Gopher football player quits, blames Coach Kill

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University of Minnesota receiver, A.J. Barker is quitting the football team after mistreatment from Coach Jerry Kill, according to the Pioneer Press.

The junior player, who suffered a high ankle sprain earlier in the season, has announcement his news of quitting the team on Sunday via Twitter. "Well, its official. I am done playing football for the University of Minnesota and I will be looking to transfer next season for my final yr," Barker wrote. Barker later told the Pioneer Press that he decided to quit after a "heated discussion" with Coach Kill on Thursday, during which Kill said that he was not healthy enough to play.

After Twitter followers demanded answers from Barker, he directed them to a letter he wrote to Coach Kill on his Tumblr page. Included in the scathing letter is the following, "Now, in honor of my family and myself I'm done with you for good. In light of that pathetic, manipulative display of rage and love you put on this past Thursday, I have come to the decision, with the guidance of my parents and my closest friends, that my time on this team has come to an end. It kills me that I have to do this before the season's over, but this is the only way I can protect myself against the manipulation and abuse I'd have to endure from you the rest of this season."

According to ESPN, Barker leads the Gophers with 30 catches for 577 yards and seven touchdowns. "Barker is a junior who walked onto the team but emerged this season. He has one year of eligibility left and wouldn't have to sit out if he transfers," ESPN stated.

Woman dies in Ireland after being denied abortion

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After a woman was denied an abortion that could have saved her life, the Irish abortion law is being questioned, according to articles by CNN and Washington Post.

Savita Halappanavar, 31, went to Galway University Hospital on Oct. 21 complaining about intense back pain. According to CNN, the doctors found that she was having a miscarriage but denied an abortion, stating, "Sorry, can't help you. It's a Catholic country. Can't help you. It's a Catholic team." Later, the fetal heartbeat faded and Halappanavar died of blood poisoning.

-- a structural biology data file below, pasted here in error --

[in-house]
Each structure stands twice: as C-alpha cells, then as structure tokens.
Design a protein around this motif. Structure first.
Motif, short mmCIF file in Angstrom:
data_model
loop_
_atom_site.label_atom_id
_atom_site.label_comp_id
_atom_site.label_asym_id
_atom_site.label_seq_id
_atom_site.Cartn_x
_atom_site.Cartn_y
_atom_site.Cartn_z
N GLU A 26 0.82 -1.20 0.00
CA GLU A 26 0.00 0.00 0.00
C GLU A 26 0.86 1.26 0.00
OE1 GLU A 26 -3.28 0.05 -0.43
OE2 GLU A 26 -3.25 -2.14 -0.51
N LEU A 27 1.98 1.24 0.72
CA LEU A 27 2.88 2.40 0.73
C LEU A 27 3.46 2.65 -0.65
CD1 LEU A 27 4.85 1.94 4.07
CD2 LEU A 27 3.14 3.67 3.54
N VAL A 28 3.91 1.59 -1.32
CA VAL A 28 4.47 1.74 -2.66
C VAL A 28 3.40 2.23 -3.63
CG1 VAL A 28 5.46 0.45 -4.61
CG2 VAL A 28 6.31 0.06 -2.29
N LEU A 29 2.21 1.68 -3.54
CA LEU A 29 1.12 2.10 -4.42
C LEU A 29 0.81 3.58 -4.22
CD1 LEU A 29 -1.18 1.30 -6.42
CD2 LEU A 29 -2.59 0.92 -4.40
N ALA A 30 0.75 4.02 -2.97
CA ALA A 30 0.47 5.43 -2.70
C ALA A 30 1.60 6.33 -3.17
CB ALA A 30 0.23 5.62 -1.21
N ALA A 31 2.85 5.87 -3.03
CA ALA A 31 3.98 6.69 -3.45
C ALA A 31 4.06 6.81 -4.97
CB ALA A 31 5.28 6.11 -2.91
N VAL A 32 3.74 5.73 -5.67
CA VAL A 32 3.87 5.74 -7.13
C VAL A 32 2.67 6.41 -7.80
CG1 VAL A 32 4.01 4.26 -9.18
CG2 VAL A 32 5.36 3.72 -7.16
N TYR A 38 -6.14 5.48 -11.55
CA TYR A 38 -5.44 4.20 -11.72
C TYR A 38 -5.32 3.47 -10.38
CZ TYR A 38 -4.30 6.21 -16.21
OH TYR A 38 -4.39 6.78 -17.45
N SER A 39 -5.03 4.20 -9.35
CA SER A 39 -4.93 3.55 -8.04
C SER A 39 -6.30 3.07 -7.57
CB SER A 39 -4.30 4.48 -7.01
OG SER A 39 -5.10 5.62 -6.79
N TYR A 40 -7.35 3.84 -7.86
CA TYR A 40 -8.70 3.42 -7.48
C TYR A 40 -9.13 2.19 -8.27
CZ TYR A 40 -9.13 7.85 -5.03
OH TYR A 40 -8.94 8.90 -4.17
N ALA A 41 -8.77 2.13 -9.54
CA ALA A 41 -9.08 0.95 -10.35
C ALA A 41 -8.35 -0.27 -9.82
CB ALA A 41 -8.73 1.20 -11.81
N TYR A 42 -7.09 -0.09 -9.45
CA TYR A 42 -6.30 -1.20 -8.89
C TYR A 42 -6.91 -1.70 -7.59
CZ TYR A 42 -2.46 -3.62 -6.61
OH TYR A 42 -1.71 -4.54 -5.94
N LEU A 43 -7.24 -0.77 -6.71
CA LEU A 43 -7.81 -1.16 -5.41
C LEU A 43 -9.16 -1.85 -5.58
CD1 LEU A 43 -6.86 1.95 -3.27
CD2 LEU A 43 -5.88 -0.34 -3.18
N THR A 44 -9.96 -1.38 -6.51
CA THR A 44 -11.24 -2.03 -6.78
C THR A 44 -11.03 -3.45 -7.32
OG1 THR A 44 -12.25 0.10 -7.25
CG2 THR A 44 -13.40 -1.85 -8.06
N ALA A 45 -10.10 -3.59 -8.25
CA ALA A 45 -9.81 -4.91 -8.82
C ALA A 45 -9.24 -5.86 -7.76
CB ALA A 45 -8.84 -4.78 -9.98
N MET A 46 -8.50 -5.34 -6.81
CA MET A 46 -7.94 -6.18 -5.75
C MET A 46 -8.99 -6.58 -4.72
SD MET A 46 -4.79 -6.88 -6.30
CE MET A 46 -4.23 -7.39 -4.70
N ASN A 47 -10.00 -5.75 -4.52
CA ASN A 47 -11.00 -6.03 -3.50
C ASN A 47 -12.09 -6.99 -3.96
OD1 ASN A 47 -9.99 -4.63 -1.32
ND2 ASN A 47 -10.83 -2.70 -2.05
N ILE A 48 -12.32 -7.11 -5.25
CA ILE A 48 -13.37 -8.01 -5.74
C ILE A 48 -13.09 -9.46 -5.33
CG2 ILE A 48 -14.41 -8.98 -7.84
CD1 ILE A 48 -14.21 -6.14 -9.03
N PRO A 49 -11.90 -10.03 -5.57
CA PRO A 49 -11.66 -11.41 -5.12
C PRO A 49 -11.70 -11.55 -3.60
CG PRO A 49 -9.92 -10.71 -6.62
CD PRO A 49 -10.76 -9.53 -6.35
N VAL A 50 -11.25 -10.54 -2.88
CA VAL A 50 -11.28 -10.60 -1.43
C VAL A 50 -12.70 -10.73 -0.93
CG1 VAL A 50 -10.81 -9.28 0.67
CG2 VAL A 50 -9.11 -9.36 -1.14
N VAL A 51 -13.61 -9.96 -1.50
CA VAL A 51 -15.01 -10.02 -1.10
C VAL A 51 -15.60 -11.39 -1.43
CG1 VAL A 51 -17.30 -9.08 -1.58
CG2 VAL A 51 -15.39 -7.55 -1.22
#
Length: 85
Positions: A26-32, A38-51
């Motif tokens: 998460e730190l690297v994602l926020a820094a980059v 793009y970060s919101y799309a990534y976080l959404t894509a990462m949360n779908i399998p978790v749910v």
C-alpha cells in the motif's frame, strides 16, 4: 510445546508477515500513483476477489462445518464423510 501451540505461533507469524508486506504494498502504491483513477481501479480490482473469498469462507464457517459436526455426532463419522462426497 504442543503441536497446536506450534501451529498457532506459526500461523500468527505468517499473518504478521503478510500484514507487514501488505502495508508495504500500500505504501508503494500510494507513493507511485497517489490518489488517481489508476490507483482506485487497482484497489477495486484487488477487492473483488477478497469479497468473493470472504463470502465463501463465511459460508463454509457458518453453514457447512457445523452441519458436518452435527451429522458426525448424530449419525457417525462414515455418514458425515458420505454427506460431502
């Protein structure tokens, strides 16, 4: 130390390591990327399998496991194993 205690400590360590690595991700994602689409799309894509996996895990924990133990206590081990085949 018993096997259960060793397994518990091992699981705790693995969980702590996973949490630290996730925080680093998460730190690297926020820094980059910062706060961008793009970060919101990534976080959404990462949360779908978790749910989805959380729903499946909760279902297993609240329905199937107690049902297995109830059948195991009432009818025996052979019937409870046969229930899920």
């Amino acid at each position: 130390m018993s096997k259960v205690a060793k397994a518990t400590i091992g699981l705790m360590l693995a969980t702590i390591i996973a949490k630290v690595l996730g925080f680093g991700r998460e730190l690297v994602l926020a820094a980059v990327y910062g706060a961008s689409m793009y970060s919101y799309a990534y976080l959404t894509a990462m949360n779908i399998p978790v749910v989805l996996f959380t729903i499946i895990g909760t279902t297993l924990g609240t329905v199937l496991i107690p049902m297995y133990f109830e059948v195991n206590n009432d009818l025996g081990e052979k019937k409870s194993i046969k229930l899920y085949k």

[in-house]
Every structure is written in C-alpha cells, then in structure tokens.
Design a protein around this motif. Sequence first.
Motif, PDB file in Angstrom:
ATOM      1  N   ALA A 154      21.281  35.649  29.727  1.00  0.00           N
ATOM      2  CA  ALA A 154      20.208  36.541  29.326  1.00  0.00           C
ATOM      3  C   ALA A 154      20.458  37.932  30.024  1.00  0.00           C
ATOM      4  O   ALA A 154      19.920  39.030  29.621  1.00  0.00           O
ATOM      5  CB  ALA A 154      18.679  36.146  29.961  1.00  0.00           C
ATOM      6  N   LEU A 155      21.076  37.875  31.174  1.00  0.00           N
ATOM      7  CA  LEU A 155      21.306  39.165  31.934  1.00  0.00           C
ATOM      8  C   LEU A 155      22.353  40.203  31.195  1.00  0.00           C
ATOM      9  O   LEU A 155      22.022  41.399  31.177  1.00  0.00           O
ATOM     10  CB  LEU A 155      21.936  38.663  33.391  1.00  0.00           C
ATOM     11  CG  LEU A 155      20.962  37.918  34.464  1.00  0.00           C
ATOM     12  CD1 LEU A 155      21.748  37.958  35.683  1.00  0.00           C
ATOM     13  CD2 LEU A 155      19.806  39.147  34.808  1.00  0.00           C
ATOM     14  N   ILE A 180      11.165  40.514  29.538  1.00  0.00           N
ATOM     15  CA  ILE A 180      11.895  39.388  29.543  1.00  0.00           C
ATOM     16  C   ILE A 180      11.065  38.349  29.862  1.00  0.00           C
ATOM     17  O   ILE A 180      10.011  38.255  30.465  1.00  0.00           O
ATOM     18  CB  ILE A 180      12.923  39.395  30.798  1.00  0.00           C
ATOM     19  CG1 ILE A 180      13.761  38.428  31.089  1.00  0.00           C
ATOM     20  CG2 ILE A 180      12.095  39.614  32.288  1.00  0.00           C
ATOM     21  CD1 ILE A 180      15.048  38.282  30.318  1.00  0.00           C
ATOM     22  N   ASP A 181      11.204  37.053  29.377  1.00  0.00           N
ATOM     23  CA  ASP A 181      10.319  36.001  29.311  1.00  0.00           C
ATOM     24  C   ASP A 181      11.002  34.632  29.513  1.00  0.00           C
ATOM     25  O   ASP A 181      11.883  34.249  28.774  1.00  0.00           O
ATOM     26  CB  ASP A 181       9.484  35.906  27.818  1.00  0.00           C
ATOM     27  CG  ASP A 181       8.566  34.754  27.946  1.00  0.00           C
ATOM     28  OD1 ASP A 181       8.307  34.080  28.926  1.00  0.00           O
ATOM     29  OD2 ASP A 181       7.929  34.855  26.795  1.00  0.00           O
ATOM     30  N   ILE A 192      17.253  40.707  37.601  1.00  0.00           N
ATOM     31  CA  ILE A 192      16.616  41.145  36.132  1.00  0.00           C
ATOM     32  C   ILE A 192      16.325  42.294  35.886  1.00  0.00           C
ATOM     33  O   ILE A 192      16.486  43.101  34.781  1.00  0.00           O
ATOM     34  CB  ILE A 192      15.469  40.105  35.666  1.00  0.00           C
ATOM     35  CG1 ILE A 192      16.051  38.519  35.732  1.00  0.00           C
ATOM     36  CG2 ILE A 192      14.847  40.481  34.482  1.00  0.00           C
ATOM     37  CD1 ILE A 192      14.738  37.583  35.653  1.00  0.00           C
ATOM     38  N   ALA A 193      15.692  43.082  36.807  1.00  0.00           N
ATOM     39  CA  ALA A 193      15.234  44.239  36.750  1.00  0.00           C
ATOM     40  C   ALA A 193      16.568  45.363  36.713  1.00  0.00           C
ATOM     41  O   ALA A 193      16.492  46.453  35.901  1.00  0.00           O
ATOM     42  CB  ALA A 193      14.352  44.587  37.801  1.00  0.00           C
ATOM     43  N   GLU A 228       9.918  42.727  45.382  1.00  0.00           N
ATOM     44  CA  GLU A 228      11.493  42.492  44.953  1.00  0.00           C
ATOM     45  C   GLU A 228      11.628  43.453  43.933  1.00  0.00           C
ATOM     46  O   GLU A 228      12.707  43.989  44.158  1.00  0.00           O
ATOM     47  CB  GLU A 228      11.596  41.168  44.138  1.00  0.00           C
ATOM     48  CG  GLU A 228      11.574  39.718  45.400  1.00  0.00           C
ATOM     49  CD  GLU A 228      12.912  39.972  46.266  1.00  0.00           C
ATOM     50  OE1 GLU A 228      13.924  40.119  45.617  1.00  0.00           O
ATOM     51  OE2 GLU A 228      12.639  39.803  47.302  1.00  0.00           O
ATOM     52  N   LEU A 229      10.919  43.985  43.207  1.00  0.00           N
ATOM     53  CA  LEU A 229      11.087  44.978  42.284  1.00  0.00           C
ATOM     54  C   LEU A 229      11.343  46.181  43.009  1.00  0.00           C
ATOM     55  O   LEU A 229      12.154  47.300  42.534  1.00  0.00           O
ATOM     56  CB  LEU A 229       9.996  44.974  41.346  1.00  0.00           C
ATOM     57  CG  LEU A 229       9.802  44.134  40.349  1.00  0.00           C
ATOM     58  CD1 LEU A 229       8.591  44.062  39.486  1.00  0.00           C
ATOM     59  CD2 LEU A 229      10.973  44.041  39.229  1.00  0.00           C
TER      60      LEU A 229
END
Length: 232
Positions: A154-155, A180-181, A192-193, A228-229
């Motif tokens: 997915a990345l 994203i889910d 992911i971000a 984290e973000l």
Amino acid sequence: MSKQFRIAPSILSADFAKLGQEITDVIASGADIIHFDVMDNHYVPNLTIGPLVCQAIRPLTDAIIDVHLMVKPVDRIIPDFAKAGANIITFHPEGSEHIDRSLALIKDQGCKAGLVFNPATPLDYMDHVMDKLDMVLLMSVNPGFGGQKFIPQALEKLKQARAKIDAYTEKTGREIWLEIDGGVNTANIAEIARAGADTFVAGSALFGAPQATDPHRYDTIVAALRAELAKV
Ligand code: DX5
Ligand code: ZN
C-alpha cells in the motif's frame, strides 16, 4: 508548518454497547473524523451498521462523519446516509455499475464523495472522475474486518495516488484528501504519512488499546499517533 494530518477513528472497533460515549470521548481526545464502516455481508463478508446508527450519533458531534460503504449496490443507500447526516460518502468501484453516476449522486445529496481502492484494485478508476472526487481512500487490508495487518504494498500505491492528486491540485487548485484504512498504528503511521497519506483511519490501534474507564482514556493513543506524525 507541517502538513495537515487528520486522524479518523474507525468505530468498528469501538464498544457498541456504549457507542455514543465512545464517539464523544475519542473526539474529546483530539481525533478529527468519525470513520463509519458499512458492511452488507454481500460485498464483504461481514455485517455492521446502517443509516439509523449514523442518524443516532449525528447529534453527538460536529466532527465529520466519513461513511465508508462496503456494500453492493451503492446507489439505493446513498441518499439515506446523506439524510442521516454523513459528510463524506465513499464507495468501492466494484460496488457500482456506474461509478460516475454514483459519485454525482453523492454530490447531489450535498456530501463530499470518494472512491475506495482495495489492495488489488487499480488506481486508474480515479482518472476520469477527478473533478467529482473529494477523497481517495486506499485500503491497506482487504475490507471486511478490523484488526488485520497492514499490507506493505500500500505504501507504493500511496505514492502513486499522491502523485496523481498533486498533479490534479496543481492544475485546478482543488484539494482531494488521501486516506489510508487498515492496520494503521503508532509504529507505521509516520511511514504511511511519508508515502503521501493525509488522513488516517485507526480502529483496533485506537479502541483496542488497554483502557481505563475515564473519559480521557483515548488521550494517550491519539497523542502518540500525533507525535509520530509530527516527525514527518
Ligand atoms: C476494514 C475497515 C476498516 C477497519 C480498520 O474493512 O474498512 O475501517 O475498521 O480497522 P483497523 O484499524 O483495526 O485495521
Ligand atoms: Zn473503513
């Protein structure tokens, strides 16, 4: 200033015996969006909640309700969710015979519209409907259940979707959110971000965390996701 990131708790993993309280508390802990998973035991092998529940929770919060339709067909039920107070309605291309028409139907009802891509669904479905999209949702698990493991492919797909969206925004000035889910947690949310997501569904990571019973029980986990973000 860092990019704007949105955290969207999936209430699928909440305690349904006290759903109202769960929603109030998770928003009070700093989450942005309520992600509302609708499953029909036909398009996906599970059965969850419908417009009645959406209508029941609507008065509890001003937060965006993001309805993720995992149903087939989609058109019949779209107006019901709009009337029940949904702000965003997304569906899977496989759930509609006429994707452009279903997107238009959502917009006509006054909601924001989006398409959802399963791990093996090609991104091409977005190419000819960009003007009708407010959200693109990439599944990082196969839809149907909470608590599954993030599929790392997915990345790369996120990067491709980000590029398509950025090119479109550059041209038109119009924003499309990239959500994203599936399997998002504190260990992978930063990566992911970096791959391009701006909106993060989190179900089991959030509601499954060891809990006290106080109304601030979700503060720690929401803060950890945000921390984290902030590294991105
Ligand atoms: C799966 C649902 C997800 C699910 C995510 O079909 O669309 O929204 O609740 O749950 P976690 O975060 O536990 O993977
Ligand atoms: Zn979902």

According to Irish Times reporter Kitty Holland, "Doctors at Galway University Hospital said that as long as the fetal heartbeat could be felt, the law prevented them from ending the pregnancy." This law and its direct infliction on Halappanavar's life has caused controversy around the world. In London, an abortion rights demonstration took place in front of the Irish Embassy Wednesday evening, while pro-choice supporters in the United States are outraged.

This isn't the first time Ireland has ran into a controversy such as this one. According to the Washington Post, a similar incident occurred in 1992 when "a 14-year-old girl, raped and made pregnant by a neighbor, was at first forbidden to travel to England for a legal abortion, the Supreme Court ruled the procedure should be legalized when continuing the pregnancy presents a "real and substantial risk" to a mother's life, but not her health."

"The current situation is like a sword of Damocles hanging over us," Dr. Peter Boylan of the Irish Institute of Obstetricians and Gynecologists told the Associated Press on Thursday. "If we do something with a good intention, but it turns out to be illegal, the consequences are extremely serious for medical practitioners."

Investigations are currently being conducted in Ireland for this incident and to avoid future incidents such as this one.

Minneapolis begins single-sort recylcing